NASA Panel Brings Critical Discussion of Diversity

Editor’s note: This article was initially published in The Daily Gazette, Swarthmore’s online, daily newspaper founded in Fall 1996. As of Fall 2018, the DG has merged with The Phoenix. See the about page to read more about the DG.

The recently-revitalized Native American Students Association (NASA) has augmented its campus presence this semester with a calendar of events planned for Native History Month.

NASA was re-chartered last year after a long hiatus at the initiative of Brent Stanfield ’14, according toNASA President Daniel Orr ’16. According to some sources, he said, NASA was one of the founding members of the IC but the group has come and gone as the number Native students has waxed and waned over the years. There are currently six members in NASA (an open group) according to Orr and four Native students on campus according to NASA member Julia Wakeford ’18.

NASA began conversations about planning Native Heritage Month events last semester. “We wanted to do events in general because no one knew about us, there’s a lack of native representation at all on campus. There are people here at Swat who didn’t know Indians were alive,” Orr said.

During the first event last Thursday, students heard from writer, storyteller, and cultural consultant Ed Edmo. The panel and discussion on Examining Diversity: Native Representation in Higher Education took place last Friday night. Moderated by Professor of Spanish Nanci Buiza, the panelists included Lenape language instructor Shelley DePaul, Director of the Virginia Indian Program at the Virginia Foundation for the Humanities Karenne Wood, University of Pennsylvania Native American and Indigenous Studies Coordinator Margaret Bruchac, and Swarthmore Director of Admissions JT Duck.

Buiza posed questions at the beginning of the panel centering on what it means for a student body, faculty, curriculum, and campus to be truly “diverse.”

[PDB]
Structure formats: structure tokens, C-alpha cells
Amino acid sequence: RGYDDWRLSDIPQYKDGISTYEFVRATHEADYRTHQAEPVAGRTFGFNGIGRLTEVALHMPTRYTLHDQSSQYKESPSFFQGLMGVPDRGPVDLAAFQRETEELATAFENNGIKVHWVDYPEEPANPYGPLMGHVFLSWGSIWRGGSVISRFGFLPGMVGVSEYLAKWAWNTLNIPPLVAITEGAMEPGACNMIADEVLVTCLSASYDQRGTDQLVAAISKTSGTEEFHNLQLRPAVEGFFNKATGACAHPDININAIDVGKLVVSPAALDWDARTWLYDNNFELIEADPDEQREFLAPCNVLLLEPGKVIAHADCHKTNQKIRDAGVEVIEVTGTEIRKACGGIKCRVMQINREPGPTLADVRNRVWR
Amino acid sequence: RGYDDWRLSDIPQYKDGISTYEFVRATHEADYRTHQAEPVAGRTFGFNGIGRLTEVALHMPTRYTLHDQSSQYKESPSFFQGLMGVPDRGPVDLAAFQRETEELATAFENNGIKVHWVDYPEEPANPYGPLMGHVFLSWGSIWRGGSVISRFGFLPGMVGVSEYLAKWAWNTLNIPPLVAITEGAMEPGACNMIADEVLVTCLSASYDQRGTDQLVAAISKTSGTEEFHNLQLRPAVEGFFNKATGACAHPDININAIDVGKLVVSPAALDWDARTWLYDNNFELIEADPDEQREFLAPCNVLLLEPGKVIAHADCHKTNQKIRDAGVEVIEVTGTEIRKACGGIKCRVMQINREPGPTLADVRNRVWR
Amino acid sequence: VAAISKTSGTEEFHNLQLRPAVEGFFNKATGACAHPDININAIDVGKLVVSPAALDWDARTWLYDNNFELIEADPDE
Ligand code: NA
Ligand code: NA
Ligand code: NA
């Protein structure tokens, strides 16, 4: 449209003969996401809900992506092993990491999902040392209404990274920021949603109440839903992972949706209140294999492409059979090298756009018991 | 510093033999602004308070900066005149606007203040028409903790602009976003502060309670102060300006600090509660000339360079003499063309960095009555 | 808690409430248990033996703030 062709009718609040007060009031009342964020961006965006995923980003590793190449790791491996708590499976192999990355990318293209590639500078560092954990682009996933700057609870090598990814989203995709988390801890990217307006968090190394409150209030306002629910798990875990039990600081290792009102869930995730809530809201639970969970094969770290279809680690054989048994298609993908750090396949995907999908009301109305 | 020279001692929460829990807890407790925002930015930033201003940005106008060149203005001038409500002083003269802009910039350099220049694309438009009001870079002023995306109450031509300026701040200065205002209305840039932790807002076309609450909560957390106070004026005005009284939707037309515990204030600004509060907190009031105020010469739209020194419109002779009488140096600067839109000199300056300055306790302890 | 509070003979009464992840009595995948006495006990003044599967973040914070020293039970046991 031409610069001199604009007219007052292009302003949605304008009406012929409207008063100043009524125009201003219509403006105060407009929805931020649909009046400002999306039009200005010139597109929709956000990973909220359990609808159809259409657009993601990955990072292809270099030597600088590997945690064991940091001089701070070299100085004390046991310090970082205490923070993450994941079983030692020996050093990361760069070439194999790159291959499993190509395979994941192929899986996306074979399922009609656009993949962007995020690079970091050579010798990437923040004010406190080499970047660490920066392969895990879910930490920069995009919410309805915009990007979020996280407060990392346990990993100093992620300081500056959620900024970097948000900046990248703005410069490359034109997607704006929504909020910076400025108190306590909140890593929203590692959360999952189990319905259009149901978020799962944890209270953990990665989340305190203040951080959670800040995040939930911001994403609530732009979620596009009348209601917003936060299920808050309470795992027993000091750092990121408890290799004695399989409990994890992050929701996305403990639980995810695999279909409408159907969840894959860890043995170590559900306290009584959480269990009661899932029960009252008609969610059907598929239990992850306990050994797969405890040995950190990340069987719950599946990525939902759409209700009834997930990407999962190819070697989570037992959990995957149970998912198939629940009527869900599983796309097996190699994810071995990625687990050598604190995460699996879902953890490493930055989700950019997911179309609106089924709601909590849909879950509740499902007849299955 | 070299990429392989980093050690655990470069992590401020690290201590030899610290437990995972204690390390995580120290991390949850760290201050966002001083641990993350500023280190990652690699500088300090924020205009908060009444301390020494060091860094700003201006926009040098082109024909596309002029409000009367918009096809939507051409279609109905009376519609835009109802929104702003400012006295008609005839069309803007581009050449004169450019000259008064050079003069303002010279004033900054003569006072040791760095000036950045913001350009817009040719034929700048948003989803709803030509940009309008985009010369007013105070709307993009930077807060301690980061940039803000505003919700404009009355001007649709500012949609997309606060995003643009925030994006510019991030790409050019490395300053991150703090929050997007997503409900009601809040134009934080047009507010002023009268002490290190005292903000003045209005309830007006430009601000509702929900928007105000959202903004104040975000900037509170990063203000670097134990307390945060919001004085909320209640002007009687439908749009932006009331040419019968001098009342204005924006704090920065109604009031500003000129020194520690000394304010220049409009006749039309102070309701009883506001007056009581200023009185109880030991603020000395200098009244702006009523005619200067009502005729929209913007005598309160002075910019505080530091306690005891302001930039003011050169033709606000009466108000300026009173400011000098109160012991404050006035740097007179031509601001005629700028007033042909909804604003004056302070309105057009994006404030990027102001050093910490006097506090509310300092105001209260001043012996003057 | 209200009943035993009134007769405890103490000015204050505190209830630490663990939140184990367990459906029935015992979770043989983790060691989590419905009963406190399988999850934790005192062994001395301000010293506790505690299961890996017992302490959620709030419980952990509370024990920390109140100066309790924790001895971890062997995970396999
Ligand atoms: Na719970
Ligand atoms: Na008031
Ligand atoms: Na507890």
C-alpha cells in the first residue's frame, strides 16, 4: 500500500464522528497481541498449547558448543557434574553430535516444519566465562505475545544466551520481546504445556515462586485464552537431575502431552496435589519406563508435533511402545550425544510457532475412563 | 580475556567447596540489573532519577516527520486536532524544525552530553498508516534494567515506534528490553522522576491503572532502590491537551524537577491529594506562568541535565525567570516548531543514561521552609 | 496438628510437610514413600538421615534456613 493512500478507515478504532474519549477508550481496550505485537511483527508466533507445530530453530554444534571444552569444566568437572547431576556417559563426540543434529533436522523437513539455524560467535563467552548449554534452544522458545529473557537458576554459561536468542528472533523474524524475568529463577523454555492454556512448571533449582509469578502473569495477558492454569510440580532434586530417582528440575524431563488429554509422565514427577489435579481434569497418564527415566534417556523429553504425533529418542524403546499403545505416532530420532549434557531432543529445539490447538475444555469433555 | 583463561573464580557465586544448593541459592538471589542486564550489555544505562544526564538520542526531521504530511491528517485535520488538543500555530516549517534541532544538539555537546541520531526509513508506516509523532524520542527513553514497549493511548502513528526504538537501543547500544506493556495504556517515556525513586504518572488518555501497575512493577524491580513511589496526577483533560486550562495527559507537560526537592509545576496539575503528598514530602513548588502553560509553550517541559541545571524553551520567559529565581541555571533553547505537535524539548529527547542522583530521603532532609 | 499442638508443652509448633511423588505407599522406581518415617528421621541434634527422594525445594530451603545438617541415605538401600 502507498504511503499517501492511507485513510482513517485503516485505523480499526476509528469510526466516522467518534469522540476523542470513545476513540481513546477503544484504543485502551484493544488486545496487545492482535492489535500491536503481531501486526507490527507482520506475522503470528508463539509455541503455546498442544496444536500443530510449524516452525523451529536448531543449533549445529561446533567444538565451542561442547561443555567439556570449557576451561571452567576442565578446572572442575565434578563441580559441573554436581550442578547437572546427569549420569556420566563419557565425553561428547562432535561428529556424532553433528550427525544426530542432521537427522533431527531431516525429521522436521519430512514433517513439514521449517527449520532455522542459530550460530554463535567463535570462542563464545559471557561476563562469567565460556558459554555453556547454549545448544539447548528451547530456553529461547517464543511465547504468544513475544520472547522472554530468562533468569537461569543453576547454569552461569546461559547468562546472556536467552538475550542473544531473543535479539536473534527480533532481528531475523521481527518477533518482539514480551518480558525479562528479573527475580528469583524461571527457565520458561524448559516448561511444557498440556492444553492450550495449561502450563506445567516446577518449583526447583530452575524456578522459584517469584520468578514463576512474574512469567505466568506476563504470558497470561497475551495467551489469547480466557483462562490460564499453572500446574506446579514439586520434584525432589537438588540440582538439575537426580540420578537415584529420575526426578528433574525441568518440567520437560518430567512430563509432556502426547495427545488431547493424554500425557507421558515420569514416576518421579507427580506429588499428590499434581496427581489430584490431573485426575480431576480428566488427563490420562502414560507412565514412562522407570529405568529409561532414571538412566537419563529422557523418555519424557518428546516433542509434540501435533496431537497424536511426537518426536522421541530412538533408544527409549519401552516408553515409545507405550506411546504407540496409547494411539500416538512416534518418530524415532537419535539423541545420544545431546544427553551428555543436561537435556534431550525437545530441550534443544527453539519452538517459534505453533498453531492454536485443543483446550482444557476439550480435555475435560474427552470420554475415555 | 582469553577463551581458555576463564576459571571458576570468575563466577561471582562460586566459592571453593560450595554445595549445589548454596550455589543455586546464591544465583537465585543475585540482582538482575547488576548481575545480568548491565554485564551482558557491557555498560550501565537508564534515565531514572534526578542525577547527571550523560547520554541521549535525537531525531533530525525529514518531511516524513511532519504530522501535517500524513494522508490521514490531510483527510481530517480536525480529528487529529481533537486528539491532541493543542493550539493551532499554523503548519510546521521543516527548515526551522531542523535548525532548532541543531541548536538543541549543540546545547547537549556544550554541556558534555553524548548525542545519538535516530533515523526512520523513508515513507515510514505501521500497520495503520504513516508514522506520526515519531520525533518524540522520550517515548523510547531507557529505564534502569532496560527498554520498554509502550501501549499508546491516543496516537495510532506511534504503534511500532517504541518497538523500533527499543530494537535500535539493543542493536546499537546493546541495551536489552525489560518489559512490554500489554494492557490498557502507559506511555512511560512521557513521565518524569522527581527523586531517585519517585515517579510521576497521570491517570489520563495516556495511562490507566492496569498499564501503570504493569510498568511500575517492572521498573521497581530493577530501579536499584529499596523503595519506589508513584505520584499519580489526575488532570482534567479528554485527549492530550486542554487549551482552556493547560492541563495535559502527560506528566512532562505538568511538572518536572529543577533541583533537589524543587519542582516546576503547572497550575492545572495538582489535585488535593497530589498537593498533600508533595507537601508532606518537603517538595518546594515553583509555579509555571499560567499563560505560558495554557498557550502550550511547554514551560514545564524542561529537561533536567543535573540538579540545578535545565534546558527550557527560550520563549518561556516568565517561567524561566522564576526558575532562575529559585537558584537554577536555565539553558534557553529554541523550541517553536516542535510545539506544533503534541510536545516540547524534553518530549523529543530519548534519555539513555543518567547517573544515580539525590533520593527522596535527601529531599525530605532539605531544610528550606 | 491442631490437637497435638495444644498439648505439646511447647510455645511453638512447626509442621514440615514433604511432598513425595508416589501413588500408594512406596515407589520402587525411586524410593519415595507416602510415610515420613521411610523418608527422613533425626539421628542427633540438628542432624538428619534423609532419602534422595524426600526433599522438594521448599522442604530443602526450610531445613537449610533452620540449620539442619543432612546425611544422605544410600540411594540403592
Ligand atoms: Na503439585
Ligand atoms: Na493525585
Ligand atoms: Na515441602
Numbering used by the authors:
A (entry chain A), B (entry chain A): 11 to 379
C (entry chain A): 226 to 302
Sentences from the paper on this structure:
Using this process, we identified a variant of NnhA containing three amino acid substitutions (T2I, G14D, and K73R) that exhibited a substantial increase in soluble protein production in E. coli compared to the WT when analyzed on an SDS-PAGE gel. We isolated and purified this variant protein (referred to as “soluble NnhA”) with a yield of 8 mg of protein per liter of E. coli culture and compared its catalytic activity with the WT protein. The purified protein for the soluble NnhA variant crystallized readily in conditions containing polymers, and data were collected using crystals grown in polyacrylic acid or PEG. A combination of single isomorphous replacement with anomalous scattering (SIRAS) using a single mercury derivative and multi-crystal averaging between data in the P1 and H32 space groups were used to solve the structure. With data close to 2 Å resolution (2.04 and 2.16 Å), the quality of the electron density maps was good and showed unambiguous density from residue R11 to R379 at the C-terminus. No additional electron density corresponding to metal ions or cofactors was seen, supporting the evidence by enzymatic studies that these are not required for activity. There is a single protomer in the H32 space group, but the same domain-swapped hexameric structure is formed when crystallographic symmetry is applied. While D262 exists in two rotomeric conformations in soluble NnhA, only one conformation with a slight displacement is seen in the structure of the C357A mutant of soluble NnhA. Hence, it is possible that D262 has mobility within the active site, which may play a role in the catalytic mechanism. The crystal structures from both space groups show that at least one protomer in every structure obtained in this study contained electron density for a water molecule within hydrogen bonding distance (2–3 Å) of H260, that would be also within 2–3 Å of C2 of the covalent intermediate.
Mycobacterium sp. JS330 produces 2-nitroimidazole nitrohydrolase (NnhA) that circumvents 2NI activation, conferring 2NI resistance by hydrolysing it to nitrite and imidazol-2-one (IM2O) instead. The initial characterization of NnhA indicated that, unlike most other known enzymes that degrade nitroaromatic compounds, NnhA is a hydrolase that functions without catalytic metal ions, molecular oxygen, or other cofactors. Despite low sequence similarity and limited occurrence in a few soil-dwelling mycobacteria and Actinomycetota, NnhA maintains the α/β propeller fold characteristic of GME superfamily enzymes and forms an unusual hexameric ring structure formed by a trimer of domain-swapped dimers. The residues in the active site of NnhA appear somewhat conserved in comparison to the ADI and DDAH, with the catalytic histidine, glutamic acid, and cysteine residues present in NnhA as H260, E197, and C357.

Wood spoke to the tension inherent in including Native voices in academia appropriately. “I started my doctoral work because I got angry,” she said, having been called a “’self-styled tribal historian.’ I couldn’t be an expert on my people’s history unless I had a PhD, so I thought I’d get one.” Since then, Wood has labored to create a Native Studies program at the University of Virginia to allow Native students to study their own history and to build UVA’s relationship with the surrounding Native communities.

Getting “diversity” on college campuses is not self-evident. “Sometimes universities use diversity as a buzzword,” Wood said. “It’s like progress. We don’t define it; we just say we’re getting there.”

This is rendered more difficult in the admissions process, where many Native high school students are “not academically qualified for Swarthmore,” according to Duck. While Swarthmore is “not for everyone, we want to reach students who don’t know they’re a good match for Swarthmore.” This involves attending summer conferences for Native students in the college process, like College Horizons. Native students apply to the program, which helps match them with colleges, according Wakeford who participated in the program.

Duck stated that while “we treat every applicant to the college according to their specific context” and Swarthmore practices Affirmative Action, some Native students may not be adequately prepared to attend Swarthmore for curricular reasons. The Admissions Office tries to represent Swarthmore as accurately as possible to applicants – even as a place where Native students may not thrive or find a community. It is then up to the student to decide if that is a college experience they want.

The Admissions Office is currently working to improve communication with the Dean’s office to transmit Admissions’ knowledge of the student and their needs once on campus. They are also working on the creation of a bridge program for students of minority background before matriculating.